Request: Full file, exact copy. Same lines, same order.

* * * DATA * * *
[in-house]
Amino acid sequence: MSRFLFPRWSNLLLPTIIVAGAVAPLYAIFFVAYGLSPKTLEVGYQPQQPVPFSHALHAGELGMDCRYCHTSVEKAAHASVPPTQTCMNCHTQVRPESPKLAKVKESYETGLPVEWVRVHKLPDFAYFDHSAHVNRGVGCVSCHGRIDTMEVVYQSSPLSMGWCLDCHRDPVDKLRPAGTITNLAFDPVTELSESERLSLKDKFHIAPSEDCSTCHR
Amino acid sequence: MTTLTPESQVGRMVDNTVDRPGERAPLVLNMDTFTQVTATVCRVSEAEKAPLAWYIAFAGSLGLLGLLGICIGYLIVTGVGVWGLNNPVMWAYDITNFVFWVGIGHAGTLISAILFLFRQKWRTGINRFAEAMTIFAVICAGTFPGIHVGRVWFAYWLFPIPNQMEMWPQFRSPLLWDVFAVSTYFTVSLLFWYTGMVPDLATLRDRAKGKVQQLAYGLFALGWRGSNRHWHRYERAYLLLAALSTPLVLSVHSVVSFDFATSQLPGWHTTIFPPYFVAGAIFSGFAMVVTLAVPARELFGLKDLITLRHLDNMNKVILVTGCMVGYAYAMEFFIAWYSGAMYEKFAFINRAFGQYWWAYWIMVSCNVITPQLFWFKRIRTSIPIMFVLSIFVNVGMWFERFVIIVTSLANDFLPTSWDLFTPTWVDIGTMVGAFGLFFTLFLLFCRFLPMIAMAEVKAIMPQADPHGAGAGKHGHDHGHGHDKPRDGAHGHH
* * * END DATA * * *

[in-house]
Amino acid sequence: MSRFLFPRWSNLLLPTIIVAGAVAPLYAIFFVAYGLSPKTLEVGYQPQQPVPFSHALHAGELGMDCRYCHTSVEKAAHASVPPTQTCMNCHTQVRPESPKLAKVKESYETGLPVEWVRVHKLPDFAYFDHSAHVNRGVGCVSCHGRIDTMEVVYQSSPLSMGWCLDCHRDPVDKLRPAGTITNLAFDPVTELSESERLSLKDKFHIAPSEDCSTCHR
Amino acid sequence: MTTLTPESQVGRMVDNTVDRPGERAPLVLNMDTFTQVTATVCRVSEAEKAPLAWYIAFAGSLGLLGLLGICIGYLIVTGVGVWGLNNPVMWAYDITNFVFWVGIGHAGTLISAILFLFRQKWRTGINRFAEAMTIFAVICAGTFPGIHVGRVWFAYWLFPIPNQMEMWPQFRSPLLWDVFAVSTYFTVSLLFWYTGMVPDLATLRDRAKGKVQQLAYGLFALGWRGSNRHWHRYERAYLLLAALSTPLVLSVHSVVSFDFATSQLPGWHTTIFPPYFVAGAIFSGFAMVVTLAVPARELFGLKDLITLRHLDNMNKVILVTGCMVGYAYAMEFFIAWYSGAMYEKFAFINRAFGQYWWAYWIMVSCNVITPQLFWFKRIRTSIPIMFVLSIFVNVGMWFERFVIIVTSLANDFLPTSWDLFTPTWVDIGTMVGAFGLFFTLFLLFCRFLPMIAMAEVKAIMPQADPHGAGAGKHGHDHGHGHDKPRDGAHGHH